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How to be a master of the Renaissance trend

7 Mar

Ever since I learned of the concept, I’ve been fascinated by trend forecasting. At first I was a little miffed that the design trends I loved to see emerging each season were set out well in advance and therefore more of a self-fulfilling prophecy than a mystical zeitgeist. Now though, I love the guessing game that follows the trend predictions each season, seeing which will fly and which will fail.

At Home this year I went along to a presentation by Trend Bible, who were introducing their predictions for autumn/winter 2014. I’ll revisit them again nearer the time, but this stunning image from Claire Pettibone‘s couture collection brought my favourite of those trends to the forefront of my mind.

Claire Pettibone couture dress with flowers

{Claire Pettibone}

Trend Bible called it ‘Renaissance’ and I’m going to stick my neck out here and say I predict this trend’s going to be a winner. Let’s take a look at how we can translate the look from fashion to home and get ahead of the pack…

Fashion to Home Renaissance decorating trend Decorator's Notebook

{Abigail Ahern}

You can already see where I’m headed with this, right? The trends that stick are the ones that don’t re-write the rulebook, but instead twist and develop those design ideas that have been popular before.

Thus, Down Pipe-and-Fuchsia becomes Stiffkey-and-Peony. We’re ready for it and when it comes, we’re there with our paintbrushes aloft and our mouse fingers poised to pin the heck out of it.

How to decorate with the renaissance trend Decorator's Notebook

{Julia Hoersch}

So, you like the look of it but Renaissance isn’t the easiest trend to (forgive the pun) “master”. Here’s my simple guide to getting it right.

1 | Don’t be afraid of the dark

This is no time to chicken out and go for the safe mid-tone on your paint chart. The drama of this look comes from the contrast between a sultry backdrop and lively shots of colour. For the walls, opt for a flat matte paint (no wallpaper) and, if you’re especially brave, use the same shade on skirtings, ceilings and cornicing as well. The home of London stylist Jo Atkins Hughes (below) is a great example.

Dark grey living room with coloured accents

{Jo Atkins Hughes}

2| Think like Caravaggio

This trend isn’t called ‘Renaissance’ for nothing; still life oil paintings are a key influence. Head to an art gallery and stand in front of a few old Dutch Masters for while. Take in the dramatic use of light and shade and the vibrancy of the flowers and fruit – usually on the cusp of decay. These are just the kinds of accent colours you should consider to punctuate your scheme… deep figgy purple, ripe pomegranate red, bursting peony pink and acid yellow-greens are all perfect for this look.

Still life of fruit and flowers by Jan Davidsz. de Heem

{Painting: Jan Davidsz. de Heem}

3| Add abstract shapes

At first glace this is a very historical look, but it also requires a hint of the unexpected. Add it in the form of geometric and abstracted shapes and hard materials like brass, wrought iron and copper, to contrast with the natural elements. The good news is there are lots of great accessories around at the moment, so keep your eyes open for interesting pendant lights, prismatic vases and angular furniture as you shop.

Gold geometric light fitting

{Etch lights, Tom Dixon}

4| Create your own arrangements

The easiest way to introduce the colours of flowers and plants to your room is to use real ones! Have fun at the florist with eye-catching colours and showy blooms, then create a casual arrangement in a prominent position. Don’t just stick to vases though… embrace the still-life look and have them spilling out of a bowl or hang dried stems upside down down with a big silk ribbon.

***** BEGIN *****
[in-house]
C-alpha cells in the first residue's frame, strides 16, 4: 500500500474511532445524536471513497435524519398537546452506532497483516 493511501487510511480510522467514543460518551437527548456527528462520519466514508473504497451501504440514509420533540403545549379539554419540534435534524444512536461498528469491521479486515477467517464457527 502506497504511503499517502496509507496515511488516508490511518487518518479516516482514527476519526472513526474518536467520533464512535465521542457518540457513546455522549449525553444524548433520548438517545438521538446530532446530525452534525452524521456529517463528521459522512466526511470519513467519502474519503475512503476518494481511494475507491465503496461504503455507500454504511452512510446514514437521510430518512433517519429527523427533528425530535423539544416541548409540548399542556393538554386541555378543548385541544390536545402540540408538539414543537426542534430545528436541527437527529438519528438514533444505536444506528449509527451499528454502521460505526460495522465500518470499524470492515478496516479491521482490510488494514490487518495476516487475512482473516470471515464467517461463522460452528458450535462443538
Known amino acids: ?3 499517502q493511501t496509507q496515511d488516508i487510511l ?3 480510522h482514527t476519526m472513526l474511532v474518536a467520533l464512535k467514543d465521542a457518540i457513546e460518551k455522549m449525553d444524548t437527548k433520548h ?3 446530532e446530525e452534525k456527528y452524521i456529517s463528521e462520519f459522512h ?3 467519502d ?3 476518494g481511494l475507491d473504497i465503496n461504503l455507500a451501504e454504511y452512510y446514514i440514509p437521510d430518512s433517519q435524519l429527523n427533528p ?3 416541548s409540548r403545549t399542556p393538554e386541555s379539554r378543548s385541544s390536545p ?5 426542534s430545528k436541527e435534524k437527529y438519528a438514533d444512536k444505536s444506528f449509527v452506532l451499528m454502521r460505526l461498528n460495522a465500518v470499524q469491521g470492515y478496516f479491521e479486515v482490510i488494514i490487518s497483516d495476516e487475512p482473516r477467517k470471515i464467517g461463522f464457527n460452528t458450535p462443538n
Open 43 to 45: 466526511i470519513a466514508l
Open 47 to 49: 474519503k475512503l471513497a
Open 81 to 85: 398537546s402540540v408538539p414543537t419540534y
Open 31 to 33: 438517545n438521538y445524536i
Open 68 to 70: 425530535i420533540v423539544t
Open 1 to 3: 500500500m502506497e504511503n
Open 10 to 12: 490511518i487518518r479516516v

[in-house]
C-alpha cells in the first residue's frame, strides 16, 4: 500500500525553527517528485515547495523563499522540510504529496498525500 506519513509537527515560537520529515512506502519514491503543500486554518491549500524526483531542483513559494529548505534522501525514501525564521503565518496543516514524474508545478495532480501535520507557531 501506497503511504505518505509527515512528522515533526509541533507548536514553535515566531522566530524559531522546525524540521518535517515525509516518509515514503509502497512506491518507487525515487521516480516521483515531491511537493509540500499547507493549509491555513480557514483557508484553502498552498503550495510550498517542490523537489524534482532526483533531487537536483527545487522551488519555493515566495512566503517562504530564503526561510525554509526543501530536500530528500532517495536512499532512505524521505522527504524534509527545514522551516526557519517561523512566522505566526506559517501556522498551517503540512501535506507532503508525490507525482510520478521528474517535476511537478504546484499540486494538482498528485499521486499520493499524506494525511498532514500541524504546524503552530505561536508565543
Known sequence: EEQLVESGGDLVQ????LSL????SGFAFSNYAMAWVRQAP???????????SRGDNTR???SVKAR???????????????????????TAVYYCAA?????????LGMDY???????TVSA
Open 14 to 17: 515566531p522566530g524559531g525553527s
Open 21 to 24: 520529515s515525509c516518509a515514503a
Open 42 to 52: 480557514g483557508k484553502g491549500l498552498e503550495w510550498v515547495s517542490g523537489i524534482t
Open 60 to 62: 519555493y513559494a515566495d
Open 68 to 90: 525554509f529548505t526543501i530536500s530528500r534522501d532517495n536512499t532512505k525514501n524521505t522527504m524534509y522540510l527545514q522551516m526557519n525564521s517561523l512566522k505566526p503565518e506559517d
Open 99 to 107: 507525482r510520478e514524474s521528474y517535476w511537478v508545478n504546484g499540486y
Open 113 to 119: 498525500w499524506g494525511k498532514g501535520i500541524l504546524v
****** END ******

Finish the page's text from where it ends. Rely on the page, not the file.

Bouquet with succulents

{Joanna Millington for Love My Dress}

So, what do you think? Is the Renaissance trend one to stay or another flash in the pan? Chip in with your comment below and or tell me what you think on Twitter @DecoratorsNotes.

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Patterned tiles: floors I saw and liked

4 Feb

Looking back, I think it probably all started with this bohemian bathroom in Norway. What began in the bathroom has spread to almost every room in the house as my love of patchwork tiled floors has grown to almost alarming heights. Anyone else find themselves afflicted?

patchwork patterned floor tiles in hallway

{unknown via Pinterest – please get in touch if you know the source}

mix and match patterned floor tiles in bathroom

{via Houzz}

band of patterned floor tiles in doorway

{via Lovely Life}

bohemian kitchen with colourful patterned floor tiles

{unknown via Piccsy- please get in touch if you know the source}

Patterned floor tiles black and white monochrome

{Wichmann + Bendtsen via Dwell}

elegant hallway with original patterned floor tiles

{Fired Earth}

I know this is probably one of those short-lived trends that will have us all regretting our passion in a couple of year’s time as we’re on our hands and knees trying to chip out grout and desperately looking for some sort of tile paint that won’t peel. But then again, the Spaniards have been using encaustic tiles as their flooring of choice for centuries so perhaps this trend is a little more enduring than I might think.

If you’re considering it, here’s where to buy patterned floor tiles in the UK:

Alhambra Home (alhambrahome.co.uk) – just a stone’s throw from my old flat in Sydenham, Alhambra sells imported encaustic tiles traditionally made by skilled artisans in Spain. They’re not put off if you only want a handful and will give you guidance on creating your own perfect patchwork.

Fired Earth (firedearth.com) – a tasteful collection of tiles, mainly in soft colours to blend in with your heritage paint brand of choice. Styles range from authentic Victorian to elaborately Moorish. It’s well worth downloading the beautifully-photographed tile brochure which contains some lovely design ideas.

The Reclaimed Tile Company (reclaimedtilecompany.com) – is the place to head if only the real deal will do. They have a gorgeous selection of designs salvaged from historic buildings in Spain, France and Italy. You’ll need deep pockets if you plan to tile a whole room however – expect to pay around £250 per metre.

Original Style (originalstyle.com) – take a look at the Odyssey range for lovely patterned tiles in subtle shades. You’ll also find a good selection of borders which can be combined with cheaper plain tiles and the odd patterned accent to get the look on a budget.

eBay (ebay.co.uk) – with a bit of luck, eBay can be a treasure trove of tiles, from odd bits salvaged from Victorian fireplaces to job-lots of designer tiles left over from upmarket interior design projects. ‘Encaustic tiles’ and ‘Minton tiles’ are good search terms to try but don’t forget to check the item location before you bid!

The Room Mixer: global farmhouse

16 Jan

Here’s a new post idea I’m playing with. Five rooms that could be in the same home, but aren’t, in an attempt to create the perfect blend!